Sep 16, 2016
Maxence is an artist from Belgium who enjoys portraying people. Framed in beautiful compositions, his visual stories are human narratives that transcend and touch. Making a great use of light, the series presented here, “Les Mitrailleurs”, portrays the lives of some car scrapers in Kinshasa, Congo, a group of people with a particular way of living that resists and looks for identity as most of us.
Next we want to present an interview that we had with Maxence:
am - First of all thank you very much for your contribution to our project. Can you please introduce yourself for us?
MD - My name is Maxence Dedry, I’m 27 years old and I live in Liège, Belgium. I graduated in 2011 from the Higher Institute of Art in Saint-Luc Liège and I continued my studies in cinematography in the INSAS, Brussels. I work as a freelance photographer since 2010 and I now work as videographer too.
am - How did you start in photography?
MD - I started photography when I was 16 years old. It had always intrigued me so I started taking night classes.
am - What inspires your work?
MD - Humans! I always say I use photography to meet people. That’s what I like, having a conversation with a person I don’t know. When somebody catches my attention, I’ll introduce myself and after a few minutes I’ll ask if the person is ok to pose for a shot.
am - What is “Les Mitrailleurs” about?
MD - «Les mitrailleurs» is a photographic series that enlightens the people working in a scrap market in Kinshasa. The District 1 in N'djili - one of Kinshasa’s 24 boroughs -, is the Scrap Market. These N'djilians dream of elsewhere, but meanwhile it is on elsewhere-bound wrecks where they’re working. “There’s a history between N'djilians, resale and mechanics”. And they’re resisting, despite the eviction attempts, lack of public support and their second-row position on Lumumba Blvd. Electrical resistance, joint resistance, a resistance to life’s tricky vicissitudes, resistance as a means of survival. This photographic series is an opportunity to make them travel, to open a window on their everyday lives, their reality, their dreams. The car, the symbol of the American dream, of mobility and exchanges between complete strangers in the back of a cab, transcends boundaries and provides an opportunity to escape for these scrapmen, leaving their way of life behind, destination: tomorrow. This project is a collaboration between Jean-Sylvain Tshilumba Mukendi and me. We two were visiting the market; Jean-Sylvain wrote a one page text and I took the pictures. It was also supported by the Kin Art Studio who gave us a place to stay for a month. We’ll go back there in 2017 to make an exhibition around the market.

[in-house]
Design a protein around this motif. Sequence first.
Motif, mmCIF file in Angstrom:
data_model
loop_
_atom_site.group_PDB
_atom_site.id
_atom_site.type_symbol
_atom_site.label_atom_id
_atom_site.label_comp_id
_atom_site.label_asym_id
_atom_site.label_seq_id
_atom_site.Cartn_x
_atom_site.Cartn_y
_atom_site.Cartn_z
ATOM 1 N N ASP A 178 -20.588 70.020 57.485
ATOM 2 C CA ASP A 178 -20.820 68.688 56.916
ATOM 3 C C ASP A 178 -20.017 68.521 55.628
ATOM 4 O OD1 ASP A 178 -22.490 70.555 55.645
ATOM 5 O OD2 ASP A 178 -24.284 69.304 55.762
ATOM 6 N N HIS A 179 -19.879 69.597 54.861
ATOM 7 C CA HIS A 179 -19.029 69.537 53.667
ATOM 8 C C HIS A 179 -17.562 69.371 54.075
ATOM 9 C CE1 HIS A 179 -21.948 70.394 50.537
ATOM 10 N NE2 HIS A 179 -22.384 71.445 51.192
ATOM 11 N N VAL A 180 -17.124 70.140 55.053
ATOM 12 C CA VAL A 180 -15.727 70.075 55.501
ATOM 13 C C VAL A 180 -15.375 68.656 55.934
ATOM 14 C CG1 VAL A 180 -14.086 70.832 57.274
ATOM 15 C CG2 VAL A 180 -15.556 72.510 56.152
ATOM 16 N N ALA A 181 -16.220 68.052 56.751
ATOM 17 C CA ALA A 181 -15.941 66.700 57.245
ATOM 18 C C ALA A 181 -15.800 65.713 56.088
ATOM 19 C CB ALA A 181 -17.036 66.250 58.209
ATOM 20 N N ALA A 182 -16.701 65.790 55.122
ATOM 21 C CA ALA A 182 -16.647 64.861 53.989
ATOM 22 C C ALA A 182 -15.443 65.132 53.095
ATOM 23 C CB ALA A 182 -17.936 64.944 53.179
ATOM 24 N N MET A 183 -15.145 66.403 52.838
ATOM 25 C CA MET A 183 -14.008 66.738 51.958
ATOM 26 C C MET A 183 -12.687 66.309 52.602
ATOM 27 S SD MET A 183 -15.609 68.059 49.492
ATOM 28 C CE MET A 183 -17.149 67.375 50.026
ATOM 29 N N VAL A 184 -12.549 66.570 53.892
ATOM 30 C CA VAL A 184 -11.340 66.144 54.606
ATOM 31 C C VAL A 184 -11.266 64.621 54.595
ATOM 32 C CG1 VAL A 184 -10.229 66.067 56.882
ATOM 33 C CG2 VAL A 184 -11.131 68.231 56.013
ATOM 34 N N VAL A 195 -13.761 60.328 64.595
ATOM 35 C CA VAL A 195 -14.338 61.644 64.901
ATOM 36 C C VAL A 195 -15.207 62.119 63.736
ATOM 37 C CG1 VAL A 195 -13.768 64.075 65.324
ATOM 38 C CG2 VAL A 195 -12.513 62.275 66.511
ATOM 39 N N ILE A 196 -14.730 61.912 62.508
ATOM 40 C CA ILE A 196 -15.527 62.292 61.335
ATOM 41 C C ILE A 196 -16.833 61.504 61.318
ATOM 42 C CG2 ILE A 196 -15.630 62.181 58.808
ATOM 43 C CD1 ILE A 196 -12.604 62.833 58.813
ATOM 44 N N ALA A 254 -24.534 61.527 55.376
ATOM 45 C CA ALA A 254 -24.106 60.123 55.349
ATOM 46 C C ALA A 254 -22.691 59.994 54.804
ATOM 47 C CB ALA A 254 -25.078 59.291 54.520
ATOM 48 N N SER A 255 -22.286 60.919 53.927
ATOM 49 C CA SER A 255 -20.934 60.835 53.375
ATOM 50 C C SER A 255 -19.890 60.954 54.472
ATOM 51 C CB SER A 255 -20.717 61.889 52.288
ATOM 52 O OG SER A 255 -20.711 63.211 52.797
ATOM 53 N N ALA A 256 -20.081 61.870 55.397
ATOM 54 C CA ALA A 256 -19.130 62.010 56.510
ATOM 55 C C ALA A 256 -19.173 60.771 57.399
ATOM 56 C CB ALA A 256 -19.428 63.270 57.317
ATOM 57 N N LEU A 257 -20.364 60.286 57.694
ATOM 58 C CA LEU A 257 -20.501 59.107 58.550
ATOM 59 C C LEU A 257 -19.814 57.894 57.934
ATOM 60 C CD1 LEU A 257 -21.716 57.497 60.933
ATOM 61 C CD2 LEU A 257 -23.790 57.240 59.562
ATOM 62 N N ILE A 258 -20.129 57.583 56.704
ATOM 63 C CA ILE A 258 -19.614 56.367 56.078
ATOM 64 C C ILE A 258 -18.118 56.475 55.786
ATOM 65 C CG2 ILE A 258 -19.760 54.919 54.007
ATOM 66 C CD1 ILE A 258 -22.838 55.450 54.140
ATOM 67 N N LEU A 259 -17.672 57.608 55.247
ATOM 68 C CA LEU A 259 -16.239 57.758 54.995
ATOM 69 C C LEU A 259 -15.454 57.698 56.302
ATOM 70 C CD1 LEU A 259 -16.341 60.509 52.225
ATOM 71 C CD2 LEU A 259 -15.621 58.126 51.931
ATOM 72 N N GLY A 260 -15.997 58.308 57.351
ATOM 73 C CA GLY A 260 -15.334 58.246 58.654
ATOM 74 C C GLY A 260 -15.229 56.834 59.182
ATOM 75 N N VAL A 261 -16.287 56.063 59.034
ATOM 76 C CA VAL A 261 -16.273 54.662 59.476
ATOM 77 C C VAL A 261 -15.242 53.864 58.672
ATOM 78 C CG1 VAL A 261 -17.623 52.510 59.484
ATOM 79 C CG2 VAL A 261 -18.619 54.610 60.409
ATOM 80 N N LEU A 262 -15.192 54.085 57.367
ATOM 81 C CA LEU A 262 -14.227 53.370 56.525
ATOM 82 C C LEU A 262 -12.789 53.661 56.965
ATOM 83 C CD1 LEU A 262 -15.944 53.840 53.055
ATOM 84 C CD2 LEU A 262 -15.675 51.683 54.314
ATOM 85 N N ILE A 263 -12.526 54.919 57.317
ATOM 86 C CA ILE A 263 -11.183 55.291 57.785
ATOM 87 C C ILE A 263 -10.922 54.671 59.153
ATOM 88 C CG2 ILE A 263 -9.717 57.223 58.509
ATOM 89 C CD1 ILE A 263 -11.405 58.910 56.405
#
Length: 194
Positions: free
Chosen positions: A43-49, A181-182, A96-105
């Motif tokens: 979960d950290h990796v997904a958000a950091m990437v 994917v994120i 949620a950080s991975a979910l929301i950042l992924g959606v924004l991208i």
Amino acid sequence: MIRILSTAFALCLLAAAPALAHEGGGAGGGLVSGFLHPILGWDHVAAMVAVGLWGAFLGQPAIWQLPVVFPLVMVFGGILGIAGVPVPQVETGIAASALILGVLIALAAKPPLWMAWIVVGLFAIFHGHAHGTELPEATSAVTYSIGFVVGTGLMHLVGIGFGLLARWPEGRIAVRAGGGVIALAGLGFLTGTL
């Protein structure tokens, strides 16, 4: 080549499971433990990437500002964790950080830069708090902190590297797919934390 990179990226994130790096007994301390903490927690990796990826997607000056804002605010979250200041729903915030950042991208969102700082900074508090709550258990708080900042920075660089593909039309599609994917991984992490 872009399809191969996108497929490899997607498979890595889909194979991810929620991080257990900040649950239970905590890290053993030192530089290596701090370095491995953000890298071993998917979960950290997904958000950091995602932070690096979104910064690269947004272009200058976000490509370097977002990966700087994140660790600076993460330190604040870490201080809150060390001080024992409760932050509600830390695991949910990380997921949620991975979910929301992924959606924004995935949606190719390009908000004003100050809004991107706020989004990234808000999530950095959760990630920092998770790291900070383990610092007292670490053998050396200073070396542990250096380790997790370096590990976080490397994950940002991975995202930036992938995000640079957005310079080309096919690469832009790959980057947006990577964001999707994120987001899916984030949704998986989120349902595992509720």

am - Who are your favourite photographers / artists?
MD - Photographers I’d say Harry Gruyaert, William Egglestion, Boogie, Saul Leiter, Alex Webb, Viviane Sassen, Pieter Hugo, Bruce Davidson, Chimodu, Todd Hido, Jamel Shabazz, Eugene Richards, Gregory Crewdson, etc. Artists: Utagawa Kuniyoshi, Francis Bacon, Stanley Kubrick, Basquiat, Syd Mead, John Alcott, Roger Deakins, Vilmos Zsigmond, etc.
am - When you are not taking pictures, what do you do?
MD - Walking around the city, running, seeking photographers’s work on the internet.
am - If you could travel and stay in a place for one year, where would you choose to go?
MD - Morocco or Japan.
am - Favourite songs / bands at the moment?
MD - Listening to LEFTO’s mixes. Seeking for music is something I never do and this guy offers a nice condensed of today’s best songs in numerous 1 hour mixes. Easy and efficient. A must. I’m stuck into listening to hip-hop for a few years now. But I also listen to Nick Drake, Marcos Valle, Trent Reznor, Joanna Newson …
am - What’s your favourite movie?
MD - I’d say «There will be blood» from Paul Thomas Anderson.
am - What are you reading at the moment?
MD - Congo, by David Van Reybrouck.
am - Do you have any project in mind that could be a personal or professional challenge?
MD - Make an interesting documentary about these resellers from N’djili :-)
am - Thank you very much for your time and your contribution to analog magazine.
MD - Thanks to you!